Wide-ranging Prevention of Future Death Reports issued following the Plymouth Shootings Inquests

13th March 2023

Following the recent inquests into the Plymouth Shootings, Senior Coroner Ian Arrow issued five Prevention of Future Death (PFD) Reports. PFD Reports have been addressed to:

  • The Home Secretary
  • The Minister of State for Crime, Policing and Fire
  • The National Police Chief Council lead
  • All Chief Constables in England and Wales
  • The College of Policing
  • The Lord Chief Justice

Concerns raised in the PFD reports include:

1. Root and branch reform of the Firearms Act 1968 appears to be required, as amongst other things the approach of the legislation is odds with public safety and the fundamental principle that owning a gun is a privilege and not a right.

2. Contradictions contained in the Home Office Guidance re-issued during the inquests (on 14th February 2023) that is at best confusing and at worst misleading as to the degree of certainty required when assessing risk.

3. Lack of nationally accredited or any mandated training for firearms licensing department staff. Despite recommendations over the past 27 years from:

a. Lord Cullen’s 1996 report following the Dunblane shootings

b. Her Majesty’s Inspector of Constabulary (HMIC), Firearms Licensing 2002 Thematic Review ‘Safe Hands= Secure Arms’

c. Concerns raised by the Senior Coroner for Durham in 2013 under rule 43 of the Coroners Rules 1984 following the inquests into the Peterlee shootings

d. HMIC 2015 ‘Targeting the Risk’ report into the inspection of efficiency and effectiveness of firearms licensing in police forces in England and Wales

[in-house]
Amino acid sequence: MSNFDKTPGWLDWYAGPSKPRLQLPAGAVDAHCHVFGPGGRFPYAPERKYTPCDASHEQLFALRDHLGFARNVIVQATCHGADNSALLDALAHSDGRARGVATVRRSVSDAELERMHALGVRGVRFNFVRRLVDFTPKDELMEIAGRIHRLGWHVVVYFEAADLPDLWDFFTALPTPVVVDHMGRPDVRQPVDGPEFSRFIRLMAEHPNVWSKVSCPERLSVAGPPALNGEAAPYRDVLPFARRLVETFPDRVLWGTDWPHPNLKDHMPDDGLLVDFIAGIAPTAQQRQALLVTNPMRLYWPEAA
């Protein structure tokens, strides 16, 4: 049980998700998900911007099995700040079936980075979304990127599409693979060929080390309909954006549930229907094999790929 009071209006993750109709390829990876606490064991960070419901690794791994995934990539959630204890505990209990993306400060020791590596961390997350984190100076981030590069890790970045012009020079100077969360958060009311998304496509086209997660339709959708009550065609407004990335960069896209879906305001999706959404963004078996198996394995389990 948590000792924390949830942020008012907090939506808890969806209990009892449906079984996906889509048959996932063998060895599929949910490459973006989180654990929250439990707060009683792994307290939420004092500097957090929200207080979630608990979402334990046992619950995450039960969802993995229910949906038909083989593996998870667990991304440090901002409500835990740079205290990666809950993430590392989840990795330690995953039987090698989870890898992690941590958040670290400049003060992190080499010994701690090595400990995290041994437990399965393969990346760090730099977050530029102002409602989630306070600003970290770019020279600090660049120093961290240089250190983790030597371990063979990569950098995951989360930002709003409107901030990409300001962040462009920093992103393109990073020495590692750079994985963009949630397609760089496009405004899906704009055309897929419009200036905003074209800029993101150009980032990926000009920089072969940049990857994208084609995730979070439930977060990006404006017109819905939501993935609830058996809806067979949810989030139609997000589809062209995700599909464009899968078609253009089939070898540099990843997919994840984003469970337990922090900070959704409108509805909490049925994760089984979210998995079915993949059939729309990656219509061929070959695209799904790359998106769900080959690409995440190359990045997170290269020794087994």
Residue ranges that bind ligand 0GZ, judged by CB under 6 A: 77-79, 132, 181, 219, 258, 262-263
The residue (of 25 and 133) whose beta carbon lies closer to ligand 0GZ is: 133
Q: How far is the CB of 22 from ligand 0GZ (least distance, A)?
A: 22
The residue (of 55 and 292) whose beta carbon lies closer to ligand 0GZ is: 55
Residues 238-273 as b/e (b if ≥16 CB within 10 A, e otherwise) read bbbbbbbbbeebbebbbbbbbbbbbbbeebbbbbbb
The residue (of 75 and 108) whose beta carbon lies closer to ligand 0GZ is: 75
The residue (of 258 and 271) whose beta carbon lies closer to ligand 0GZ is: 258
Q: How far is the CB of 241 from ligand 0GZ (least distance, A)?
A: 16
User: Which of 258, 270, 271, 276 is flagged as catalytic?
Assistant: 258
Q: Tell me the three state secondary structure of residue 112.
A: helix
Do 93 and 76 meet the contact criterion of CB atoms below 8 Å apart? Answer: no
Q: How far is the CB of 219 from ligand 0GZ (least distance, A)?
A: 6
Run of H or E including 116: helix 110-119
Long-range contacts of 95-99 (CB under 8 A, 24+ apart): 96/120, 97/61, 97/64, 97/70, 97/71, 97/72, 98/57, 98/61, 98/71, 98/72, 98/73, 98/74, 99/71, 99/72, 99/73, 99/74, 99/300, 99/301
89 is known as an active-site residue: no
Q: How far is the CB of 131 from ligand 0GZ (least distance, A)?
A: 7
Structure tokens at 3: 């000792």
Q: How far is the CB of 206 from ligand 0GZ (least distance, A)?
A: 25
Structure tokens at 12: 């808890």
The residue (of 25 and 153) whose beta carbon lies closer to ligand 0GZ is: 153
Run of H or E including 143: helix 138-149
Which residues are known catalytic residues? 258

e. Concerns raised by the Senior Coroner for Surrey in a 2019 Prevention of Future Deaths Report following the killings of Christin and Lucy Lee

4. Lack of training of judges involved in firearm licensing appeals.

5. Lack of guidance or checklists to assist those acting as referees for firearm/shotgun applicants.

6. The placing of firearm reminders on medical records is a position agreed in a memorandum of understanding rather than a statutory requirement. Further firearm markers are not on all medical records.

7. The licensing system is not currently self-funding, raising concern that firearm licensing departments will be under-resourced, with insufficient, inadequately trained staff.

8. In light of the lessons learned in the Plymouth/Keyham shootings inquests further review of all certificates seized, refused, revoked or surrendered and subsequently returned over the past 5 years may be required.

3PB specialist inquest barrister Susan Jones (pictured) represented the Firearms Licensing supervisor in the Plymouth shootings inquests. To instruct her or see about her availability, please email her clerk Chris Mitchell on [email protected] or by calling him on 020 7583 8055.